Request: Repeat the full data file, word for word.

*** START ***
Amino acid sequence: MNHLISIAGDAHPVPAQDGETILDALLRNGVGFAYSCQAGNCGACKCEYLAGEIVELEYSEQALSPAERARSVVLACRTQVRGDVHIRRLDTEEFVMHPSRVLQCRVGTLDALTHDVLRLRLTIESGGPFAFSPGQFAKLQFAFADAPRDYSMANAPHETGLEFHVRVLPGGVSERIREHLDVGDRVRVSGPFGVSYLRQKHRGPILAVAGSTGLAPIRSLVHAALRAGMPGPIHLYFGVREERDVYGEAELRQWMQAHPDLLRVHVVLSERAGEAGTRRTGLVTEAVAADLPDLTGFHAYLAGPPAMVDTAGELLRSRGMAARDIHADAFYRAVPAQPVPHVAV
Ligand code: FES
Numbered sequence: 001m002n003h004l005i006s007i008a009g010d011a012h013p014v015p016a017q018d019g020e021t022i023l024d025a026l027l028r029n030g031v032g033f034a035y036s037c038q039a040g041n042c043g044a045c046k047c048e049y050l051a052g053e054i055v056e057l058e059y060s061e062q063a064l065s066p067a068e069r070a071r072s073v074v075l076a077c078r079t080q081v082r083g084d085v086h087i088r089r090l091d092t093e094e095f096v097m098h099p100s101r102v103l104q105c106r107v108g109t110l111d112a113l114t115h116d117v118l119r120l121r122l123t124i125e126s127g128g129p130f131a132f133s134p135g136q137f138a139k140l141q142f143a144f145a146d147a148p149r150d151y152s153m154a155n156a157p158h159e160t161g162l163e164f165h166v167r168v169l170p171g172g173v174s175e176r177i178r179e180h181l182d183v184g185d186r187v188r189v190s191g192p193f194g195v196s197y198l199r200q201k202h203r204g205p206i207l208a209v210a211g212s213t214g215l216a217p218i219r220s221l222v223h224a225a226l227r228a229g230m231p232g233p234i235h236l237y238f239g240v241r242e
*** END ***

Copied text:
Amino acid sequence: MNHLISIAGDAHPVPAQDGETILDALLRNGVGFAYSCQAGNCGACKCEYLAGEIVELEYSEQALSPAERARSVVLACRTQVRGDVHIRRLDTEEFVMHPSRVLQCRVGTLDALTHDVLRLRLTIESGGPFAFSPGQFAKLQFAFADAPRDYSMANAPHETGLEFHVRVLPGGVSERIREHLDVGDRVRVSGPFGVSYLRQKHRGPILAVAGSTGLAPIRSLVHAALRAGMPGPIHLYFGVREERDVYGEAELRQWMQAHPDLLRVHVVLSERAGEAGTRRTGLVTEAVAADLPDLTGFHAYLAGPPAMVDTAGELLRSRGMAARDIHADAFYRAVPAQPVPHVAV
Ligand code: FES
Numbered sequence: 001m002n003h004l005i006s007i008a009g010d011a012h013p014v015p016a017q018d019g020e021t022i023l024d025a026l027l028r029n030g031v032g033f034a035y036s037c038q039a040g041n042c043g044a045c046k047c048e049y050l051a052g053e054i055v056e057l058e059y060s061e062q063a064l065s066p067a068e069r070a071r072s073v074v075l076a077c078r079t080q081v082r083g084d085v086h087i088r089r090l091d092t093e094e095f096v097m098h099p100s101r102v103l104q105c106r107v108g109t110l111d112a113l114t115h116d117v118l119r120l121r122l123t124i125e126s127g128g129p130f131a132f133s134p135g136q137f138a139k140l141q142f143a144f145a146d147a148p149r150d151y152s153m154a155n156a157p158h159e160t161g162l163e164f165h166v167r168v169l170p171g172g173v174s175e176r177i178r179e180h181l182d183v184g185d186r187v188r189v190s191g192p193f194g195v196s197y198l199r200q201k202h203r204g205p206i207l208a209v210a211g212s213t214g215l216a217p218i219r220s221l222v223h224a225a226l227r228a229g230m231p232g233p234i235h236l237y238f239g240v241r242e